Planemakers have long used floats to shape and true the critical surfaces of wooden handplanes. But cabinetmakers also used floats, and after several months of using floats made by Lie-Nielsen Toolworks, I understand why.
These tools are a cross between a rasp, a saw and a scraper. The teeth shape curved and flat surfaces quickly, but the tools leave a polished surface behind. And the stiff steel bodies and wide cutting area of the tools allow you to accurately trim mortises and tenons. The tools make beautiful chamfers, as well.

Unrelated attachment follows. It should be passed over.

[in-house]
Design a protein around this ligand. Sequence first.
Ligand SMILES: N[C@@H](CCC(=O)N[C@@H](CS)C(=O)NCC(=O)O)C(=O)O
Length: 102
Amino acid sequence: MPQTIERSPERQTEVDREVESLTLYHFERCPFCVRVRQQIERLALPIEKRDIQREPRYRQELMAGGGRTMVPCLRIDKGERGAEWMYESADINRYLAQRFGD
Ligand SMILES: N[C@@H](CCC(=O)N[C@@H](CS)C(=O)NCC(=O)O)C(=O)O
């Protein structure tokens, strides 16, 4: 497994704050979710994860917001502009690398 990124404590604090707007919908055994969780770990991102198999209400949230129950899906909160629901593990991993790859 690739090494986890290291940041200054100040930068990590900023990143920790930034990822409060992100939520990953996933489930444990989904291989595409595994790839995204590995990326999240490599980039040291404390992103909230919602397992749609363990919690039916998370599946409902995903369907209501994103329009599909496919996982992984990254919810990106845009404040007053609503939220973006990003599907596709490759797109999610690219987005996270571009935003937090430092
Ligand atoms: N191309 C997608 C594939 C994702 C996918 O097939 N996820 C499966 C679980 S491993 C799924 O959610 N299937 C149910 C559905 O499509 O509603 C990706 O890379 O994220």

I tried a set of floats made for planemakers (these tools were developed with Clark & Williams planemakers) and was impressed by the long, rectangular bed float, which can smooth a cabriole leg and true a through-mortise. One of the small cheek floats works on the pull stroke and cleans up blind mortises with ease. And the edge floats worked well for squaring up routed corners of through-mortises. These are excellent, well-made tools and highly recommended.
More information on Planemaker’s Floats from Lie-Nielsen